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Easy A (2010)

by on 2011/02/04

“Hell is there. Right below our feet, above the Orient.”

There was something about my second viewing of Easy A that put me in mind of the GREATEST PHILOSOPHER OF OUR TIME, conservative political commentator Bill O’Reilly. The tides go in, the tides go out, ergo, there’s a big, white-bearded man in the sky who we can send our wishes to and they come true. Joy.

Also there’s a moon. I certainly didn’t mold it out of cheese and shoot it up there with an enormous catapult, therefore ….There. Must. Be. A. GOD.


Testify, Bill.

My best teen pal Miss_Tree had been dying to see Easy A, with increasingly histrionic requests as to when I might be purchasing the movie -theonlymovieinthewholewideworldshewantedtoseethatshemightdiewithout. Puff.

Easy A is a story of the hell that is high school, hypocrisy, the religious right, and sex and the teenage girl. Well, fake sex at any rate.

Like Mr. O’Reilly, Easy A has intolerance, misinformation and silliness in abundance.

All the “teens” in this film deliver youth-accessible David Mamet-style dialogue clearly written by someone just about exactly my age – given all the 80s references. But when your parents are giddy hipsters played by Stanley Tucci and Patricia Clarkson, you’d probably talk like charming, glib film protagonist Olive Penderghast (Emma Stone) too.

Exhibit A:

Boy: Should I still bring the Sylvia Plath?

Olive: We can stick our heads in the oven if we run out of things to talk about.

The action starts with a lie. Or as Olive describes it: a “terminological inexactitude.” She lies to get out of a camping trip with her best friend and her friend’s nudist, hippie parents. She concocts a fictional college freshman, George, that she claims to have spent the weekend with.

This “terminological inexactitude” is overheard by the head of the conservative religious group at school and the lie catches fire like the proverbial burning bush.

From then on, Olive becomes absolutely fascinating to the opposite sex and a harlot pariah to the powerful religious faction on campus. When she’s sent to detention for calling the queen of her tormentors, Marianne (Amanda Bynes), an “abominable *rhymes with* swat,” she finds out she is not alone in her suffering. Fellow outcast Brandon (Dan Byrd) shares that he is bullied and abused daily for being gay.

In a heart-breaking speech, Brandon begs Olive to pretend to have sex with him. “I’ll pretend to be straight until I get out of this hell hole, I don’t want to be pushed into sh*t every day. It is like being suffocated …it sucks.”

Olive, being Olive, agrees. “Tell everyone I was sensational.” Brandon and Olive commit the fake act – loudly – at an all-students house party.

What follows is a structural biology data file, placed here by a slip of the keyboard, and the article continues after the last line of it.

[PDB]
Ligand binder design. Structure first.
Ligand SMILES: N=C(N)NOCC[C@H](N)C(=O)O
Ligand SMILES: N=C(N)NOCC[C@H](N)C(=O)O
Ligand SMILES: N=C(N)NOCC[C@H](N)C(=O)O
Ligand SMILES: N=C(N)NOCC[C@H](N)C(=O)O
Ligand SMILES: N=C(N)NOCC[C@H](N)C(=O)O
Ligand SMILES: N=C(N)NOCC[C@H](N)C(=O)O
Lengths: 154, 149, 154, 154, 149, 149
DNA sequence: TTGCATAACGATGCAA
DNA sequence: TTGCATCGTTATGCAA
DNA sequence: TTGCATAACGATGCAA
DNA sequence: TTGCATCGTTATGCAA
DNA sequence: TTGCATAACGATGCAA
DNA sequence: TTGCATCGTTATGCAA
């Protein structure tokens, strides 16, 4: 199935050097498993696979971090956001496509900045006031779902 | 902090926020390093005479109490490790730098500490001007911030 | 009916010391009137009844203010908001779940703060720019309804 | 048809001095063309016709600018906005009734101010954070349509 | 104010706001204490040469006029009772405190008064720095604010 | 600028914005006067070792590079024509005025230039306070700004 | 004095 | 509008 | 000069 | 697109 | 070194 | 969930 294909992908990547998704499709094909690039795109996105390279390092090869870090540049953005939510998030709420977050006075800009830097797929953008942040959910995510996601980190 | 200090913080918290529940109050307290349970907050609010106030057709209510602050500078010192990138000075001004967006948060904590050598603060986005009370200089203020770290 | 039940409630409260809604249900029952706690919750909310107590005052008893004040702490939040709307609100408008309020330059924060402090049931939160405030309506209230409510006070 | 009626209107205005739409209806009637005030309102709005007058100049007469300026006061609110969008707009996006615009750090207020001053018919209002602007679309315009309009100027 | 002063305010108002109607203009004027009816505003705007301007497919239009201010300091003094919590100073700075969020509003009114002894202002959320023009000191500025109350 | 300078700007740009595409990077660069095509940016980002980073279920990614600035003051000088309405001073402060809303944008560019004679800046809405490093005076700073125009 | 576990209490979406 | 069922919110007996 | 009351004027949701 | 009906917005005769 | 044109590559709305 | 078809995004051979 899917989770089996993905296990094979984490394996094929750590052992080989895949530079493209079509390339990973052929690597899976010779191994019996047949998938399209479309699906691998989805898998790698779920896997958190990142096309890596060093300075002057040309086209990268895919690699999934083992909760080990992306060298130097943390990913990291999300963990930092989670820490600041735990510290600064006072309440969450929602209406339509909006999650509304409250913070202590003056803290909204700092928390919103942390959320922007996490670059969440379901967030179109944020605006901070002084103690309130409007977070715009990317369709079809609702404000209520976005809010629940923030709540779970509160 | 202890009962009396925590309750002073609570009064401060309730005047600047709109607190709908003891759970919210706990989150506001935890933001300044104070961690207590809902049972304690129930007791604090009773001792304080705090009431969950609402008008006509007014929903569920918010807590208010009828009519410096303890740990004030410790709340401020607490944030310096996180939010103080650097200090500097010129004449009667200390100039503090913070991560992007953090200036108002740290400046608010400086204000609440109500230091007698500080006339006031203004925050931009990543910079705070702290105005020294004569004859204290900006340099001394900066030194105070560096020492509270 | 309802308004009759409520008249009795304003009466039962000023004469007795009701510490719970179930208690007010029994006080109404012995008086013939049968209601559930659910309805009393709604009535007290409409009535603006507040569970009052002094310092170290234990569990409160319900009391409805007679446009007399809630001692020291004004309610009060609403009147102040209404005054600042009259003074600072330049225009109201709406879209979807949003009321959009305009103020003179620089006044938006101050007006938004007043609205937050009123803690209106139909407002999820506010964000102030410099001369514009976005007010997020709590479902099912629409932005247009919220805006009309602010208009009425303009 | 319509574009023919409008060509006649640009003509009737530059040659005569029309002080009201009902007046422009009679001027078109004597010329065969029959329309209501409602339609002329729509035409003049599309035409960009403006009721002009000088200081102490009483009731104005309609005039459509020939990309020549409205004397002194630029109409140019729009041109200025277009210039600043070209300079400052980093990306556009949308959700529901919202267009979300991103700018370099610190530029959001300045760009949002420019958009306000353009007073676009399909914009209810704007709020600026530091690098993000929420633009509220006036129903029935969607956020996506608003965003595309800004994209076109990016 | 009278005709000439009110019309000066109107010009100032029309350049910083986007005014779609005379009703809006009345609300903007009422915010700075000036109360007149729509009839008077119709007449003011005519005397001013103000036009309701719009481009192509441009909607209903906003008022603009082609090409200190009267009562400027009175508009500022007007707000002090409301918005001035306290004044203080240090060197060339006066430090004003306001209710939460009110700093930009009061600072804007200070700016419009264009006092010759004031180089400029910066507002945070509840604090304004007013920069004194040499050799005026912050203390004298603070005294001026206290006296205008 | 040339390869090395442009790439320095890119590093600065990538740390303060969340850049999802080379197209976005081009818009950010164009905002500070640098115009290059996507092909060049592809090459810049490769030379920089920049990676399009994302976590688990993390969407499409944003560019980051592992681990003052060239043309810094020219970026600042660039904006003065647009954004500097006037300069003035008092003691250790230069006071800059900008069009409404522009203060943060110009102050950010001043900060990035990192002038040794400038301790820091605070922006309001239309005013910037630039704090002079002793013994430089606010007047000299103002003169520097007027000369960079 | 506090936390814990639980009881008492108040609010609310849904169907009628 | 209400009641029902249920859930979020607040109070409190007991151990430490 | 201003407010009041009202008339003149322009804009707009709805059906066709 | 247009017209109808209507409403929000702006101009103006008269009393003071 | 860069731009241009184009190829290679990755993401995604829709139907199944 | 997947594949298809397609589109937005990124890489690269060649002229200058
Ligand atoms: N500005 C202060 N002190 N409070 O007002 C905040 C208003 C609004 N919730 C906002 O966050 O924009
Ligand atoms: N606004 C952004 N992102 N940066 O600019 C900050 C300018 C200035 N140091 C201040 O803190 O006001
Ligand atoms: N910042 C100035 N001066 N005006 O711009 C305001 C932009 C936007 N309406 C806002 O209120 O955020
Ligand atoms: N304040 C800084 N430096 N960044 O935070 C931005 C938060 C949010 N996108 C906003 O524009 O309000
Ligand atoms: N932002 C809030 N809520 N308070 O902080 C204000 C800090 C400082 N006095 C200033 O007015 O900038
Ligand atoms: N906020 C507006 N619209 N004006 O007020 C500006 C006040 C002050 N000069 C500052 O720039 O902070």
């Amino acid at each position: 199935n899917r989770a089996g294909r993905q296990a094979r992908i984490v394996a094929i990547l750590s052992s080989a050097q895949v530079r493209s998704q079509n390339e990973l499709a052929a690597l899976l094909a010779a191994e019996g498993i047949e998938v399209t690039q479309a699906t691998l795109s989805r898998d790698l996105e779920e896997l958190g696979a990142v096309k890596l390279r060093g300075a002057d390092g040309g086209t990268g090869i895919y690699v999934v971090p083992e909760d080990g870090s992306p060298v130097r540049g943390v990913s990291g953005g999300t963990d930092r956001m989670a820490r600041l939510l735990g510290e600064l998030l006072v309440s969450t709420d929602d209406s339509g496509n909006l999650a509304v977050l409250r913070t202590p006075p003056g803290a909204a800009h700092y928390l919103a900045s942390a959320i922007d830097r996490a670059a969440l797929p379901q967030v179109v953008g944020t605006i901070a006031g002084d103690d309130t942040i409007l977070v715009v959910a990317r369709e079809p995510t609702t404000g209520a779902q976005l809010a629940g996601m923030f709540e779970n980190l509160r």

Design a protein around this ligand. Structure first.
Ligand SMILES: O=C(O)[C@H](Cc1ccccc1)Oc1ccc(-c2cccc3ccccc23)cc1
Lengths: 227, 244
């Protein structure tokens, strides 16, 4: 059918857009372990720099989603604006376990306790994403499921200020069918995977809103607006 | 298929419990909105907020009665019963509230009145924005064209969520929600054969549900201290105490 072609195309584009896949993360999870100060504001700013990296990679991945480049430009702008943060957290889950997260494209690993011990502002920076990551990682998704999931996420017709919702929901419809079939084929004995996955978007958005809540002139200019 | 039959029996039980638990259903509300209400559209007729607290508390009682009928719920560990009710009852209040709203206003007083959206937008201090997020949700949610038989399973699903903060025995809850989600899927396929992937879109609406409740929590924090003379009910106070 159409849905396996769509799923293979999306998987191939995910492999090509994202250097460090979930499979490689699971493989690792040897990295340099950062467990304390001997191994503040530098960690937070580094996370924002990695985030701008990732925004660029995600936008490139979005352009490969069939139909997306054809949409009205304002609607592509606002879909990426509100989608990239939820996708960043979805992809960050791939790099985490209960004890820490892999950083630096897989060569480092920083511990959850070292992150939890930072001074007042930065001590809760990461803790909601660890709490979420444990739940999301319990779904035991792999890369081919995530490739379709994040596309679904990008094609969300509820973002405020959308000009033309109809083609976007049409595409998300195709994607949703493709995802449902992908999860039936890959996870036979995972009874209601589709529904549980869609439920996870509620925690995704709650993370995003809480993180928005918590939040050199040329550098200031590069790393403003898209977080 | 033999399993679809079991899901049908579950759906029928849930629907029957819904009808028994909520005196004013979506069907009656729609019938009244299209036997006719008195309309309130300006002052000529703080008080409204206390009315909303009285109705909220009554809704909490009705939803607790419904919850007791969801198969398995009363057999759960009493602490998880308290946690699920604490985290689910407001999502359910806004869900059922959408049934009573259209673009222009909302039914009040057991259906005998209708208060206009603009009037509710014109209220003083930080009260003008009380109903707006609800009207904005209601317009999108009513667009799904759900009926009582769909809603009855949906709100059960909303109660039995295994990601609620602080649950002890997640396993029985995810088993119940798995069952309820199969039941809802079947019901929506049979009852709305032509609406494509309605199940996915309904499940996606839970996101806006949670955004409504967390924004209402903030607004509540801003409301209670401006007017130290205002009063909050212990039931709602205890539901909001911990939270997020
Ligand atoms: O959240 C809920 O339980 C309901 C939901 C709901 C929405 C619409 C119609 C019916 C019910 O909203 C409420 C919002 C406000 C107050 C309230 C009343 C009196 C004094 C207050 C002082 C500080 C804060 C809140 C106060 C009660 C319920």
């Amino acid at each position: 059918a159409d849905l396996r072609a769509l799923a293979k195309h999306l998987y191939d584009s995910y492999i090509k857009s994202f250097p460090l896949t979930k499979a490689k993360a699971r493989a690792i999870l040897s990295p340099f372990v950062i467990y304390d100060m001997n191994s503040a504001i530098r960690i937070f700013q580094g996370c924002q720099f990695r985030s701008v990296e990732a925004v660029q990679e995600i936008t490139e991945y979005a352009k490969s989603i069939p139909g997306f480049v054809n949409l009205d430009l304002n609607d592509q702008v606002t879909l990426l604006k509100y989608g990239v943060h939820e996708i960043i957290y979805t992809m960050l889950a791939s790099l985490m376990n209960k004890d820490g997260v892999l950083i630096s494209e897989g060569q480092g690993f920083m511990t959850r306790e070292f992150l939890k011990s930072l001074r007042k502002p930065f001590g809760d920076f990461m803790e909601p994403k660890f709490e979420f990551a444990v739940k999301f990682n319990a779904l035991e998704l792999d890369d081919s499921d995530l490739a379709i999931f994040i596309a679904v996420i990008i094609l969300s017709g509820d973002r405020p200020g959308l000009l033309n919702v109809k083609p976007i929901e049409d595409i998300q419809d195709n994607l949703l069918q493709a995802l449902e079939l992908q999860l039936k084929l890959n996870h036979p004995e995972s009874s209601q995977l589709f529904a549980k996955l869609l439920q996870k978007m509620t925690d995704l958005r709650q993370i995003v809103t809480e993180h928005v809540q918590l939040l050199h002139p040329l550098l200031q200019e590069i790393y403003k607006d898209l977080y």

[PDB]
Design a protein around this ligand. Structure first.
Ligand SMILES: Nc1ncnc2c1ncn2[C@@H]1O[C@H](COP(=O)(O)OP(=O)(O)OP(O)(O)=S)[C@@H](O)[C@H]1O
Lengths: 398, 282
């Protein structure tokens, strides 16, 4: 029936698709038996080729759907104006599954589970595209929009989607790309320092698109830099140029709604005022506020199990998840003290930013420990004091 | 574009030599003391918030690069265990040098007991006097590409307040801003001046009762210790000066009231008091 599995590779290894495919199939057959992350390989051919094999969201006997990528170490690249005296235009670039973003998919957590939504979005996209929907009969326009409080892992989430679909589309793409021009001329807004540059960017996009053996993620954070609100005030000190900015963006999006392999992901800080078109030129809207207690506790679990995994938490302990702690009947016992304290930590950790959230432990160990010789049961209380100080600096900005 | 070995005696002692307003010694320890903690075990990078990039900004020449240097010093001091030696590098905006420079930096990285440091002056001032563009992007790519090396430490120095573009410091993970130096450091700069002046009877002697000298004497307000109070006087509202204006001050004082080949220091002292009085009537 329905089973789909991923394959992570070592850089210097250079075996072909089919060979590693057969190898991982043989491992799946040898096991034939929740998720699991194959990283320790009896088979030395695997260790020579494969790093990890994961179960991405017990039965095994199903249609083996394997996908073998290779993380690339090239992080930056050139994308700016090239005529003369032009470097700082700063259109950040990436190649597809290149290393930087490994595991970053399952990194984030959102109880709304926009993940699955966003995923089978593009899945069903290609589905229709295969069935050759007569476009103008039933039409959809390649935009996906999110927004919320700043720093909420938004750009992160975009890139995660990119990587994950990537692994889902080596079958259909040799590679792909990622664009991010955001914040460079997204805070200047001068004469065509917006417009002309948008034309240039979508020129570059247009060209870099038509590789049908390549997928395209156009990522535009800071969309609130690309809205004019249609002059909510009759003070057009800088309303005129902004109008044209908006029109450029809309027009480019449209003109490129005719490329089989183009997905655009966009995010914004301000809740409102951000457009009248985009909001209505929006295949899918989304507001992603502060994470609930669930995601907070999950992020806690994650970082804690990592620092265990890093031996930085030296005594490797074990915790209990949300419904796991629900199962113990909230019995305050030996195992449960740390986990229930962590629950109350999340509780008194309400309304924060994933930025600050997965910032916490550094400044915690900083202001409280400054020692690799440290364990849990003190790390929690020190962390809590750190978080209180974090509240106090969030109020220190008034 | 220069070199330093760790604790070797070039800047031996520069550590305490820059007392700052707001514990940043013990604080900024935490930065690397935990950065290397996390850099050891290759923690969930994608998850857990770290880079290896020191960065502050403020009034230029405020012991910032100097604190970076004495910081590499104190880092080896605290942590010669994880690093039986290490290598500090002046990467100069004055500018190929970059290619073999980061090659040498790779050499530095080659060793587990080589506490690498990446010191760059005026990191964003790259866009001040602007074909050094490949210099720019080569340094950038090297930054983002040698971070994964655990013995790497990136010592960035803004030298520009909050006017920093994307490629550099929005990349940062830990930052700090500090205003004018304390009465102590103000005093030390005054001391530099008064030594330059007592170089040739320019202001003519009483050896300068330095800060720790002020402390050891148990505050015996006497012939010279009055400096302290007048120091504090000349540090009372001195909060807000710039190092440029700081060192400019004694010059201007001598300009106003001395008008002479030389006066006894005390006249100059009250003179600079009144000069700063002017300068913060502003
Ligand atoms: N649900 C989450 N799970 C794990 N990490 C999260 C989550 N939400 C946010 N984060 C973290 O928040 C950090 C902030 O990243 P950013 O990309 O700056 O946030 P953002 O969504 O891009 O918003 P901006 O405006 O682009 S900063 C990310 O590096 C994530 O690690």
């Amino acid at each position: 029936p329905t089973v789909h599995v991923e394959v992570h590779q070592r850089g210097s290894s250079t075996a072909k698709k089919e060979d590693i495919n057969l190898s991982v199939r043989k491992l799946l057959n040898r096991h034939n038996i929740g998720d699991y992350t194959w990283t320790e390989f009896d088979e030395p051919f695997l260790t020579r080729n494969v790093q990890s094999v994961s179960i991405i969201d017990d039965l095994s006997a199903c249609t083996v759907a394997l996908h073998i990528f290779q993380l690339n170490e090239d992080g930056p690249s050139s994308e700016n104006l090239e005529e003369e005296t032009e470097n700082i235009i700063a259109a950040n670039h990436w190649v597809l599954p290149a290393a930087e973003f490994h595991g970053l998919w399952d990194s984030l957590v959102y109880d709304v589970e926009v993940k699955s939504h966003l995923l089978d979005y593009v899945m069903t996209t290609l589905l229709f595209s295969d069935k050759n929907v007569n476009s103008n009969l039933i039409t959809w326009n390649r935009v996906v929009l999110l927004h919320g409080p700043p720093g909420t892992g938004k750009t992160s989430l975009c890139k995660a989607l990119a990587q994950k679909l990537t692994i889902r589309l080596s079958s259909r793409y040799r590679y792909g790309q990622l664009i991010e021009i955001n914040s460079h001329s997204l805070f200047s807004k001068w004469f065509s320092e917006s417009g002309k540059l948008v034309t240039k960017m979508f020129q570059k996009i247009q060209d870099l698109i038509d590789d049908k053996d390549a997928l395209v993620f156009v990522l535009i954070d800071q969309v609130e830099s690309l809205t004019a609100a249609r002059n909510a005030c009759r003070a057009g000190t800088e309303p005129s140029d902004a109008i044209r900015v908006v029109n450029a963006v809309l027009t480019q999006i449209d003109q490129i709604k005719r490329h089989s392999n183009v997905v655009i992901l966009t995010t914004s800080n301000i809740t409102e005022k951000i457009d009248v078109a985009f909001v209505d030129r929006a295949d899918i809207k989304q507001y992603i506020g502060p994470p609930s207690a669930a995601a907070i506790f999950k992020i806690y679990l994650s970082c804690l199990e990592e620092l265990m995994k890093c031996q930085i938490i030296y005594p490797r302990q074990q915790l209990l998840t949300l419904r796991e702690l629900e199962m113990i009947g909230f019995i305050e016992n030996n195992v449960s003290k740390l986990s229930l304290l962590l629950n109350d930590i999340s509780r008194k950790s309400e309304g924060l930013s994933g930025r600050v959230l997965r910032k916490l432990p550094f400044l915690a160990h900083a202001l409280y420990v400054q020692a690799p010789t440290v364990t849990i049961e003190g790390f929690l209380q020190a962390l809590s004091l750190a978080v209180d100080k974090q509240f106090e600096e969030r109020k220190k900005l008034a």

Spurred on by Nathaniel Hawthorne’s Scarlet Letter, Olive wears a black bustier with a scarlet letter on it to school in an act of post-modern irony. The prayer circles start praying overtime for her.

Then Olive starts fake pimping herself out to other high school outcasts for Panda Express, Gap and gift certificates. Eventually she’s dickered down to coupons for soap at Bath Works.

“I always thought that pretending to lose my virginity would be more …special. Judy Blume should have prepared me for that.”

Her escalating fake promiscuity catches the notice of school administrators. Clockwork Orange’s Malcolm McDowell plays the principal, delivering too-clever-by-half lines, like: “This is public school. If I can keep the girls off the pole and boys off the pipe, I get a bonus.”

Sideways‘ Thomas Haden Church plays Olive’s sympathetic English teacher. In the interests of full disclosure, I can’t really picture Mr. Church in anything but white tube socks and nothing… since seeing him in Sideways. Still he’s pretty great in this movie.

Not so great is his hateful wife and the school’s guidance counsellor Mrs. Griffith (Lisa Kudrow). She is sleeping with a student to whom she gives chlamydia. Unfortunately all of the seamy underbelly-type action of the school is blamed on the innocent Olive.

“Hester bore her punishment in humble silence. These are two concepts I am not comfortable with.”

Olive doesn’t pull a quietly-suffering Hester Prynne, and lashes back through the great cleansing power of social media.

Oh great Internet, is there anything you can’t do? Thank be to Mars moons that God created thee.

Emma Stone carries the day, with her undeniable cheeky charm. All this to say, Easy A is a lovely little film that will probably make baby Jesus cry.

* * *

92 minutes

Rated PG-13 for Lisa Kudrow with chlamydia, lingerie, simulated nooky and intolerant religious folks

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